Official Numbers vs. Context Forum

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dmbeckcpa

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Official Numbers vs. Context

Post by dmbeckcpa » Fri Oct 14, 2022 5:04 pm

Hello everyone,

I am looking for everyone's thoughts and input. I am 37 years old and a practicing CPA with a successful tax firm. I have always wanted to attend a top law school, albeit for different reasons these days.

In 2004, I began my college career and for three years suffered from severe substance abuse. I jumped to four different schools and received multiple C, D, and F grades, unable to attend class. I was a very sick person, and my GPA after the first year was a 0.84, a ridiculous number. In 2007, I got my life together and found sobriety, enrolling at my fifth and final school. At this school, I performed exceedingly well, completing my first undergraduate degree, a second undergraduate degree, and a master's degree. Eventually, I earned the CPA designation and after seven years working in public accounting, created a successful tax practice. All well and good.

Unfortunately, LSAC policy has made this process very difficult. The GPA calculation policy only considers grades from the first undergraduate degree, resulting in a whopping 3.03 GPA. The problem is that this GPA is not based on logic, but on an arbitrary policy. It ignores the majority of my grades earned under healthy circumstances and includes grades earned under active addiction. When you actually inspect my transcript and look into the situation, a different story emerges. After finding sobriety and enrolling at the fifth school in 2007, I completed an additional forty classes resulting in eighteen A+ grades, sixteen A grades, six non-A grades, and a 3.98 GPA. These classes consisted of nineteen classes from the first undergraduate degree and twenty-one classes from the second undergraduate degree. This course load is the equivalent of a full undergraduate degree of one hundred and twenty credits completed under healthy, ordinary circumstances. It is also the most recent course work.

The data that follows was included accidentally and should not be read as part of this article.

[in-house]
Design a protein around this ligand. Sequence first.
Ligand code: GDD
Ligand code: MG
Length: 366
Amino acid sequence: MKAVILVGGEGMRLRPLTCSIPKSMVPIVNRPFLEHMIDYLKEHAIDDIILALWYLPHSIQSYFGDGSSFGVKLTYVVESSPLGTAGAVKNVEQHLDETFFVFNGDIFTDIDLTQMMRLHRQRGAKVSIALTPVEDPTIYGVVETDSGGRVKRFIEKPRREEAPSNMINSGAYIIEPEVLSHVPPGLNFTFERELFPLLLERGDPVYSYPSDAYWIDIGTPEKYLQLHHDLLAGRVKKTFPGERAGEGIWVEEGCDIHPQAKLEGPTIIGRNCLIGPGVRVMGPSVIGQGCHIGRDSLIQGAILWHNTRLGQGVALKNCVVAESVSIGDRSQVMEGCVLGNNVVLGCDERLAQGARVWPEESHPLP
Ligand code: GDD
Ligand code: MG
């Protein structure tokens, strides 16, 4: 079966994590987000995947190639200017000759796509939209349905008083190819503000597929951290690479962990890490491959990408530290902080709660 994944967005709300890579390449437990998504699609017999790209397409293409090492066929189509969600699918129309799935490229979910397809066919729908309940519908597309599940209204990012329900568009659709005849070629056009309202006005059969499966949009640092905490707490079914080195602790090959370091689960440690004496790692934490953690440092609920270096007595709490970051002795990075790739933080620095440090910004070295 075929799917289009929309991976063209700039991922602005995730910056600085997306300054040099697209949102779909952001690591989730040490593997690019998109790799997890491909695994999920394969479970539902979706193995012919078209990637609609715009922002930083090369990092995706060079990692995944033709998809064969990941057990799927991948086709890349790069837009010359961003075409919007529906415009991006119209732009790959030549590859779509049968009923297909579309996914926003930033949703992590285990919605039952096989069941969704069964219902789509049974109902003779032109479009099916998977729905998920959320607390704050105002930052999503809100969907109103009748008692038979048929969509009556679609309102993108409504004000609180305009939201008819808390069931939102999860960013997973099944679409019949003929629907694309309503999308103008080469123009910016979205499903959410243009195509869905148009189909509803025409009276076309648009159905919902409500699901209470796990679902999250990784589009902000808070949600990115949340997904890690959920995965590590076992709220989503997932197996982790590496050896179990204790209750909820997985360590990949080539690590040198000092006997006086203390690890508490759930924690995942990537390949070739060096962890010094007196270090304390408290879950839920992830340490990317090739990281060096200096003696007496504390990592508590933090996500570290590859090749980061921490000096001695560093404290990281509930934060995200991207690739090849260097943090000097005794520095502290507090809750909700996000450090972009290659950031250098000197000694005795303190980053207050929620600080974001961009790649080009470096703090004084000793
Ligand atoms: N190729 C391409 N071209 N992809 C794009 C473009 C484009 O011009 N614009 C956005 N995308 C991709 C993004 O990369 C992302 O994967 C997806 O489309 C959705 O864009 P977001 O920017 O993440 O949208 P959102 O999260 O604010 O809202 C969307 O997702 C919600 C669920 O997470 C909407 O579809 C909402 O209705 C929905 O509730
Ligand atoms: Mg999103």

In other words, I believe my acceptance will require a truly holistic approach from admissions officers. If LSAC policy was instead reversed and utilized only the most recent coursework, my official GPA would be a 3.98. Law schools will have to look past the initial 3.03 calculation, and I'm wondering if you think they will do it? In your honest opinion, do you believe the impact on rankings of the official calculated number of 3.03 will outweigh the context of the situation? I took the GRE - scored in the 97 percentile for verbal and writing. Results were 166/158/5.5. Do I need to score a 170+ on the LSAT to overcome this hurdle?

Thanks in advance for your thoughts.

anymouseqwerty

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Re: Official Numbers vs. Context

Post by anymouseqwerty » Sat Oct 15, 2022 4:22 pm

If I were in your shoes I’d apply to a few GRE accepting schools this cycle and see what happens. The results can help you know if you’ll need to take the LSAT and, if so, what score range you’ll need. For example, if you are getting hard rejections everywhere, you’ll like need a high LSAT. But, if you are getting acceptances at decent schools, maybe you won’t have to study as long on the LSAT or at all. Either way, if you score in the 97th percentile on the GRE you can likely do very well on the LSAT. Id also consider a admissions consultant. They can advise you on the odds based on past applicants in similar situations.

nixy

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Re: Official Numbers vs. Context

Post by nixy » Sun Oct 16, 2022 5:29 pm

I agree that applying with your GRE score will give you helpful information. Unfortunately at the moment GRE scores don’t factor into rankings and LSAT scores do. While in an ideal world schools would be willing to look past your LSAC GPA in light of your compelling story, in reality, they will be much more likely to be willing to do so if you have an LSAT score that benefits them. I’d say they’re also more likely to look past your 3.03 than they would be a 3.03 belonging to someone who consistently got Bs throughout college and who just graduated and hasn’t shown the development you have through improving your grades and developing a successful career (given that all those things show you’ve moved on and aren’t likely to relapse). But they’ll still likely need to see some other kind of benefit to admitting you.